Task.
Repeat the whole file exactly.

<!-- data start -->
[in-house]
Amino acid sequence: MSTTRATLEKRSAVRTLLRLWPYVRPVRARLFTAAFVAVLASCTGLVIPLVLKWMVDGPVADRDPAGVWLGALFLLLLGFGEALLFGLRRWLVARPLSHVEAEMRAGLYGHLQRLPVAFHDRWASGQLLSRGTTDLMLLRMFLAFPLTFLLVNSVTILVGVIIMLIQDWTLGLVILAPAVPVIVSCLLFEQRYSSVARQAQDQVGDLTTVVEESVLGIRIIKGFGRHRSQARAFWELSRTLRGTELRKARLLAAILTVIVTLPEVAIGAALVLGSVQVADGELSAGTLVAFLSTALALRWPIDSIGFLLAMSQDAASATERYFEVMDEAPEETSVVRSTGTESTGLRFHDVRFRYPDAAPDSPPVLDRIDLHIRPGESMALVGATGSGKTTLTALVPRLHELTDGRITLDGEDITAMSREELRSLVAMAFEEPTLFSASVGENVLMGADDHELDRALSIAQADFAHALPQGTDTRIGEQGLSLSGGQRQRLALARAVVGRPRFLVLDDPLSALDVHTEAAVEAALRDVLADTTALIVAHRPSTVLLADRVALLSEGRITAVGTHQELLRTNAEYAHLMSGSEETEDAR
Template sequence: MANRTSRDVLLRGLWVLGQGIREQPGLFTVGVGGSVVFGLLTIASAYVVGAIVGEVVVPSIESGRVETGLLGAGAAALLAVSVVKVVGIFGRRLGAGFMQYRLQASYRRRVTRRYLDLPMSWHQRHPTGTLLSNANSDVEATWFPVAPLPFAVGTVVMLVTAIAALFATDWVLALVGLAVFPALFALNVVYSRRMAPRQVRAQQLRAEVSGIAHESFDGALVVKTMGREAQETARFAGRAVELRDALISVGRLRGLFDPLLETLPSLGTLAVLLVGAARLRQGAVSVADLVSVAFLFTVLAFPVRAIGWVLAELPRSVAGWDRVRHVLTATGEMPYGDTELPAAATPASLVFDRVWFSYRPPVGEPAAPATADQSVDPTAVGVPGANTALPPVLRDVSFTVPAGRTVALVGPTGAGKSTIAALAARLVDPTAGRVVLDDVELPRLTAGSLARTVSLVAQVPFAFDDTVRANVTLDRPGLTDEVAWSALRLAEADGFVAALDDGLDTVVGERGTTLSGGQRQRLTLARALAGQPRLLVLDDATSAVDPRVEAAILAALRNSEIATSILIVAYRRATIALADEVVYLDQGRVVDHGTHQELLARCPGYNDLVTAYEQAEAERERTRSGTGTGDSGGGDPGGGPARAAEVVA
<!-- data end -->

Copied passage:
[in-house]
Amino acid sequence: MSTTRATLEKRSAVRTLLRLWPYVRPVRARLFTAAFVAVLASCTGLVIPLVLKWMVDGPVADRDPAGVWLGALFLLLLGFGEALLFGLRRWLVARPLSHVEAEMRAGLYGHLQRLPVAFHDRWASGQLLSRGTTDLMLLRMFLAFPLTFLLVNSVTILVGVIIMLIQDWTLGLVILAPAVPVIVSCLLFEQRYSSVARQAQDQVGDLTTVVEESVLGIRIIKGFGRHRSQARAFWELSRTLRGTELRKARLLAAILTVIVTLPEVAIGAALVLGSVQVADGELSAGTLVAFLSTALALRWPIDSIGFLLAMSQDAASATERYFEVMDEAPEETSVVRSTGTESTGLRFHDVRFRYPDAAPDSPPVLDRIDLHIRPGESMALVGATGSGKTTLTALVPRLHELTDGRITLDGEDITAMSREELRSLVAMAFEEPTLFSASVGENVLMGADDHELDRALSIAQADFAHALPQGTDTRIGEQGLSLSGGQRQRLALARAVVGRPRFLVLDDPLSALDVHTEAAVEAALRDVLADTTALIVAHRPSTVLLADRVALLSEGRITAVGTHQELLRTNAEYAHLMSGSEETEDAR
Template sequence: MANRTSRDVLLRGLWVLGQGIREQPGLFTVGVGGSVVFGLLTIASAYVVGAIVGEVVVPSIESGRVETGLLGAGAAALLAVSVVKVVGIFGRRLGAGFMQYRLQASYRRRVTRRYLDLPMSWHQRHPTGTLLSNANSDVEATWFPVAPLPFAVGTVVMLVTAIAALFATDWVLALVGLAVFPALFALNVVYSRRMAPRQVRAQQLRAEVSGIAHESFDGALVVKTMGREAQETARFAGRAVELRDALISVGRLRGLFDPLLETLPSLGTLAVLLVGAARLRQGAVSVADLVSVAFLFTVLAFPVRAIGWVLAELPRSVAGWDRVRHVLTATGEMPYGDTELPAAATPASLVFDRVWFSYRPPVGEPAAPATADQSVDPTAVGVPGANTALPPVLRDVSFTVPAGRTVALVGPTGAGKSTIAALAARLVDPTAGRVVLDDVELPRLTAGSLARTVSLVAQVPFAFDDTVRANVTLDRPGLTDEVAWSALRLAEADGFVAALDDGLDTVVGERGTTLSGGQRQRLTLARALAGQPRLLVLDDATSAVDPRVEAAILAALRNSEIATSILIVAYRRATIALADEVVYLDQGRVVDHGTHQELLARCPGYNDLVTAYEQAEAERERTRSGTGTGDSGGGDPGGGPARAAEVVA